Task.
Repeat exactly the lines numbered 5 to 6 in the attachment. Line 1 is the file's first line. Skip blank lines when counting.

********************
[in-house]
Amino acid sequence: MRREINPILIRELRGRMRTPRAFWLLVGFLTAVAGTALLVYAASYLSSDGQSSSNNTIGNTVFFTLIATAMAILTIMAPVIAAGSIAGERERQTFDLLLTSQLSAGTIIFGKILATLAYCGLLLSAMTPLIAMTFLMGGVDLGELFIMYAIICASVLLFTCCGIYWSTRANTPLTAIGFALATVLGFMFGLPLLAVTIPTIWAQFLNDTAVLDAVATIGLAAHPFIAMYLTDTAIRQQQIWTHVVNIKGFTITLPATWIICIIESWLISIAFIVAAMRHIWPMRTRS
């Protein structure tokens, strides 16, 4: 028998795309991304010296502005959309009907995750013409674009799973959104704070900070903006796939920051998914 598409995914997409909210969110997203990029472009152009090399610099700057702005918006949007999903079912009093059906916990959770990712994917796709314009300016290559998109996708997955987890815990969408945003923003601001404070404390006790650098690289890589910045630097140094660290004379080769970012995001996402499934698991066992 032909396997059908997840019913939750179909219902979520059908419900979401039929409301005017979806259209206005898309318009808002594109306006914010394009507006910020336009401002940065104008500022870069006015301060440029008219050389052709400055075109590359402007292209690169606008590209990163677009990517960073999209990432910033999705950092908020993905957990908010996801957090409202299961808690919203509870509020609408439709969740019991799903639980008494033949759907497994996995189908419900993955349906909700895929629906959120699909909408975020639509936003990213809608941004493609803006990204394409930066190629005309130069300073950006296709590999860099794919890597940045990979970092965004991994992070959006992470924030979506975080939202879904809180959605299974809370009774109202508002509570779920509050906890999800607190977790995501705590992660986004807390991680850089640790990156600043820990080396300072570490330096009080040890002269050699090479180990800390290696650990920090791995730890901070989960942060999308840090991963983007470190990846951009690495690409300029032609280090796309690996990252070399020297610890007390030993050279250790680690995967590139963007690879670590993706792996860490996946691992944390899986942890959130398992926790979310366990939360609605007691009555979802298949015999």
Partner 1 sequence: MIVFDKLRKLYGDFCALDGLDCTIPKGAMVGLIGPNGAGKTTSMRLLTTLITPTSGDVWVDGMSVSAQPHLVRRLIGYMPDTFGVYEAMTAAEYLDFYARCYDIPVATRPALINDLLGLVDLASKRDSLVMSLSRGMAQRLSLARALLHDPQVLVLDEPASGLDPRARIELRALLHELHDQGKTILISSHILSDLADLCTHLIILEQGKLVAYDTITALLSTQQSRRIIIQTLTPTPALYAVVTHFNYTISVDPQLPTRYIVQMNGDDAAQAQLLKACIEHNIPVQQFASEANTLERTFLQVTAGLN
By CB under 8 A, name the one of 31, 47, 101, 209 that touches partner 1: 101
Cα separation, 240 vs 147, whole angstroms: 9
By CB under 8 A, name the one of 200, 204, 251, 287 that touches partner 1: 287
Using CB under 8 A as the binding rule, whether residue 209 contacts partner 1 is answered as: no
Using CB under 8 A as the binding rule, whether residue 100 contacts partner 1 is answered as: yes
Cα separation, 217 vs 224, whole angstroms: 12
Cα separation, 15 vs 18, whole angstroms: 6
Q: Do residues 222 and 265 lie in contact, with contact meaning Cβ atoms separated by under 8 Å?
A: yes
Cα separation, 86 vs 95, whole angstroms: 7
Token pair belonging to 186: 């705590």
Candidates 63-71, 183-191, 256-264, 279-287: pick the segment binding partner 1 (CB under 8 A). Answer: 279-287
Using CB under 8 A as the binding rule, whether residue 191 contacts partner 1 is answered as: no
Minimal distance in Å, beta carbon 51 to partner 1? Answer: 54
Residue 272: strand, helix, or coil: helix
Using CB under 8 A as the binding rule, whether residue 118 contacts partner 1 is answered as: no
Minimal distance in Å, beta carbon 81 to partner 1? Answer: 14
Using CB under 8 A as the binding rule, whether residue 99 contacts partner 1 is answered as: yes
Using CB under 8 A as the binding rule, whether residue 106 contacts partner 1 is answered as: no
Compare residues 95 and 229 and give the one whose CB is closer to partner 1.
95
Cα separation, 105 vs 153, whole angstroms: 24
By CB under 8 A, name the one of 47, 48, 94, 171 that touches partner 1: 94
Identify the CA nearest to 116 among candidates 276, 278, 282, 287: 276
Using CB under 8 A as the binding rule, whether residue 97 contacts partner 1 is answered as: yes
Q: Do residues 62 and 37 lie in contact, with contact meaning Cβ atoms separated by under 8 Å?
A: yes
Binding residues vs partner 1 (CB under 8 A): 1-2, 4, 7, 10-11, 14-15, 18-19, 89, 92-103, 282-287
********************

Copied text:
By CB under 8 A, name the one of 31, 47, 101, 209 that touches partner 1: 101
Cα separation, 240 vs 147, whole angstroms: 9